Table 1. Management of Respiratory Function in the Potential Organ Donor. Goals of mechanical ventilation Fraction of inspired oxygen, 0.40 Partial pressure of arterial oxygen, >100 mm Hg; or oxygen saturation, >95 percent Partial pressure of arterial carbon dioxide, 35–40 mm Hg Arterial pH, 7.35–7.45 Tidal volume, 8–10 ml/kg of predicted body weight Positive end-expiratory pressure, 5 cm of water Static airway pressure, <30 cm of water Goals of bronchoscopy Evaluate anatomy Assess for foreign body and assist in removal Define and locate aspirated material, secretions, or apparent infection Clearance of secretions Goals of pulmonary hygiene Prevent atelectasis with the use of suction, percussion, postural drainage, and lung-expansion techniques Goals of fluid management Central venous pressure, 6–8 mm Hg Pulmonary-capillary wedge pressure, 8–12 mm Hg Use of anti-infective therapy Use of antibiotic agents on the basis of results of Gram’s staining of aspirated secretions

ent. Diabetes insipidus results from the absence of vasopressin after the destruction of the posterior pituitary gland. It contributes to hyperosmolarity, hemodynamic instability, and electrolyte abnormalities (e.g., hypernatremia, hypokalemia, hypocalcemia, hypophosphatemia, and hypomagnesemia) as a consequence of an excessive loss of free water. Diabetes insipidus must be differentiated from the polyuria induced by mannitol, hyperglycemia, or diuretic agents. Matching urine output milliliter for milliliter with a 5 percent solution of dextrose in water while monitoring for hyperglycemia should suffice if the urine output is less than 200 cc per hour. Higher levels of urine output require treatment with either arginine vasopressin or 1-desamino-8-d-arginine vasopressin. Arginine vasopressin acts on the V1- and V2-vasopressin receptors to produce vasoconstrictive and antidiuretic effects and is administered as a continuous infusion. 1-Desamino-8-d-arginine vasopressin is specific for the V2-vasopressin receptor and has predominantly antidiuretic effects. It can be given subcutaneously, intramuscularly, intravenously, or intranasally and has an extended duration of action (6 to 20 hours).48,71 Arginine vasopressin at a low dose decreases serum osmolarity and sodium lev-

n engl j med 351;26

els, maintains blood pressure, and reduces the need for vasoactive medications in the potential donor, with no deleterious short-term or long-term effect on the function of the donated kidney in the recipient.48 Serum electrolytes should be monitored in the potential donor every two to four hours to guide fluid replacement and electrolyte supplementation. Glucose levels in the potential donor are frequently elevated. Physical stress, increases in the levels of counterregulatory hormones, changes in carbohydrate metabolism, the infusion of dextrosecontaining solutions, and peripheral resistance to insulin contribute to the development of hyperglycemia. The results of glucose-tolerance testing in donors are biphasic: there is an initial phase of suppression of pancreatic endocrine function resulting in low insulin levels, and a subsequent phase of spontaneous normalization of insulin levels and an elevation in C-peptide levels. The histopathological features of the pancreas are normal.72 Early elevation of glucose levels should not be used as the sole determinant in deciding whether the donor’s pancreas is likely to be suitable for procurement and transplantation. Hyperglycemic damage to pancreatic beta cells is a risk factor for graft dysfunction in the recipient. This risk can be attenuated with the use of insulin therapy in the donor, a therapy that necessitates strict glucose control by means of an insulin infusion, if needed, to achieve euglycemia.73 Disorders of blood coagulation are a common consequence of the release of thromboplastin, cerebral gangliosides, and plasminogen-rich substrate from traumatized or necrotic brain tissue. These factors, superimposed on ongoing hemorrhage, transfusion, hypothermia, acidosis, and dilution of coagulant factors, can result in a profound state of coagulopathy.74 Blood-product replacement should be aimed at providing adequate oxygen delivery (hematocrit, >30 percent) with correction of the coagulopathy (international normalized ratio, <2.0; platelet count, >80,000 per cubic centimeter) and at minimizing the potential for sensitization by using cytomegalovirus-seronegative blood and leukocyte filters. The loss of hypothalamic thermoregulation, combined with an inability to shiver or vasoconstrict, results in a poikilothermic donor. This condition can be exacerbated by environmental factors and by the infusion of unwarmed fluids and blood products. Adverse effects of hypothermia include cardiac dysfunction, arrhythmias, coagulopathy, a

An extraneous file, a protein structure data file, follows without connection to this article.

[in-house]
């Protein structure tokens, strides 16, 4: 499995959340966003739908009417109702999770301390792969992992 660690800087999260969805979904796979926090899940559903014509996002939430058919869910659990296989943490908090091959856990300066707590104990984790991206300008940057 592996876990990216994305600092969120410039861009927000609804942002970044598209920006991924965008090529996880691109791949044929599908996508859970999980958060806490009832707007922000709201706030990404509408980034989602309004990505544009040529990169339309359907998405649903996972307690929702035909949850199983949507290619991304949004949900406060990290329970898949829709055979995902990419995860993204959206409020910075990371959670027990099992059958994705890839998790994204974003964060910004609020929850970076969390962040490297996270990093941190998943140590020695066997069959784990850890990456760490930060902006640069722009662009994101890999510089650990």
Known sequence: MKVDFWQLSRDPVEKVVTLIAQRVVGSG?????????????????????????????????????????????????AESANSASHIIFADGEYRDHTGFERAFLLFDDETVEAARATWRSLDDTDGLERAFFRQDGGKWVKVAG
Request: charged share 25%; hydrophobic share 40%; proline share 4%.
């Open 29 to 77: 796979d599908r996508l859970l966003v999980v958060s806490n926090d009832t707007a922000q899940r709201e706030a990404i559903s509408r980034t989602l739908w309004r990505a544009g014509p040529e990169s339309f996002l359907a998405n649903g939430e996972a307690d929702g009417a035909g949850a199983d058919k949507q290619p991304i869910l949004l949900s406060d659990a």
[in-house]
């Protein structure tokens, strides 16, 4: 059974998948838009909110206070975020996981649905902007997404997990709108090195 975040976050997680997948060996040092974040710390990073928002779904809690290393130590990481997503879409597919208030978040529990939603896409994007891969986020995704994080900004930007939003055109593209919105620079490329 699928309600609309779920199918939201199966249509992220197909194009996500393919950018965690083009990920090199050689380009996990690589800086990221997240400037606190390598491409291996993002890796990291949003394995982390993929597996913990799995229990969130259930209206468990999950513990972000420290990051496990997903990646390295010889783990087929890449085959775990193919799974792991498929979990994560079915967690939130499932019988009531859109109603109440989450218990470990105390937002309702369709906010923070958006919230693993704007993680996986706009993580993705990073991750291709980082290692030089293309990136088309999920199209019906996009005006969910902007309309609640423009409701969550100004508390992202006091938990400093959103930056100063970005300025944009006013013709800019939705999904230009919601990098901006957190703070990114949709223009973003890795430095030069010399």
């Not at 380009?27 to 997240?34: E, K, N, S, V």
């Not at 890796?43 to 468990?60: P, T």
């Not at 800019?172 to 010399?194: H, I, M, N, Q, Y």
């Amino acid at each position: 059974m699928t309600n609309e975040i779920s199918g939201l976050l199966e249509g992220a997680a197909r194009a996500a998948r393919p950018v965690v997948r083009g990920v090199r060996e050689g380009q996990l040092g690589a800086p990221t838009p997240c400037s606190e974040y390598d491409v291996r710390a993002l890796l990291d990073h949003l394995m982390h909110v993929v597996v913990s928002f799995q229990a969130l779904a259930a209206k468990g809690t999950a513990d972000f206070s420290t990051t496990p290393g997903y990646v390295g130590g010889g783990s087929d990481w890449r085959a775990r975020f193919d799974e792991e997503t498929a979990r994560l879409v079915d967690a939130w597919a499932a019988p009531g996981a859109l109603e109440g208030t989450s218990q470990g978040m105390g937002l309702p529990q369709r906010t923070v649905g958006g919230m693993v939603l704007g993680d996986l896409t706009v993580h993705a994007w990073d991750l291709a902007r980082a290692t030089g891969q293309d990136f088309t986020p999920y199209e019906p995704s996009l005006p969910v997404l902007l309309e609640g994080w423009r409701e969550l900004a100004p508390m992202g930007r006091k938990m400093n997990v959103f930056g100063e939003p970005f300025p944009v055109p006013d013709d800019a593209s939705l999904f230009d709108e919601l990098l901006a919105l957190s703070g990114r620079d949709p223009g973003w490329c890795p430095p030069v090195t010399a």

www.nejm.org

december 23, 2004

Downloaded from www.nejm.org at UNIV OF UTAH ECCLES on February 28, 2006 . Copyright © 2004 Massachusetts Medical Society. All rights reserved.

2737

The

new england journal

leftward shift of the oxyhemoglobin dissociation curve, and cold-induced diuresis. The core temperature should be maintained at higher than 35°C (95°F) by means of the warming of replacement fluids, the humidification and heating of inhaled gases, and the liberal use of convective warming blankets. Hypothermia is easier to prevent than to reverse, and temperatures lower than 35°C preclude or delay the declaration of brain death. The care of the donor is essentially the simultaneous care of multiple recipients. Vigilant medical management ensures that the greatest number of organs can be recovered in the best possible condition to provide optimal outcomes for the recipi-